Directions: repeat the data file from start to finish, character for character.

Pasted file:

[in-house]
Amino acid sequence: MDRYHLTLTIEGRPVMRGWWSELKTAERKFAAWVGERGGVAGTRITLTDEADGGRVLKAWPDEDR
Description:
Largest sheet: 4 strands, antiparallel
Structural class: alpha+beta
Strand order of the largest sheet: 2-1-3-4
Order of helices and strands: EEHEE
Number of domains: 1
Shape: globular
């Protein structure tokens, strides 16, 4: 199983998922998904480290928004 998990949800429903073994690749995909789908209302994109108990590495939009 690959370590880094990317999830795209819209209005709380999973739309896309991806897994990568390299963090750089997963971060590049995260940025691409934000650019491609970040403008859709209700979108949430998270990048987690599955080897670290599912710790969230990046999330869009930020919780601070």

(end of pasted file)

[in-house]
Amino acid sequence: MDRYHLTLTIEGRPVMRGWWSELKTAERKFAAWVGERGGVAGTRITLTDEADGGRVLKAWPDEDR
Description:
Largest sheet: 4 strands, antiparallel
Structural class: alpha+beta
Strand order of the largest sheet: 2-1-3-4
Order of helices and strands: EEHEE
Number of domains: 1
Shape: globular
């Protein structure tokens, strides 16, 4: 199983998922998904480290928004 998990949800429903073994690749995909789908209302994109108990590495939009 690959370590880094990317999830795209819209209005709380999973739309896309991806897994990568390299963090750089997963971060590049995260940025691409934000650019491609970040403008859709209700979108949430998270990048987690599955080897670290599912710790969230990046999330869009930020919780601070």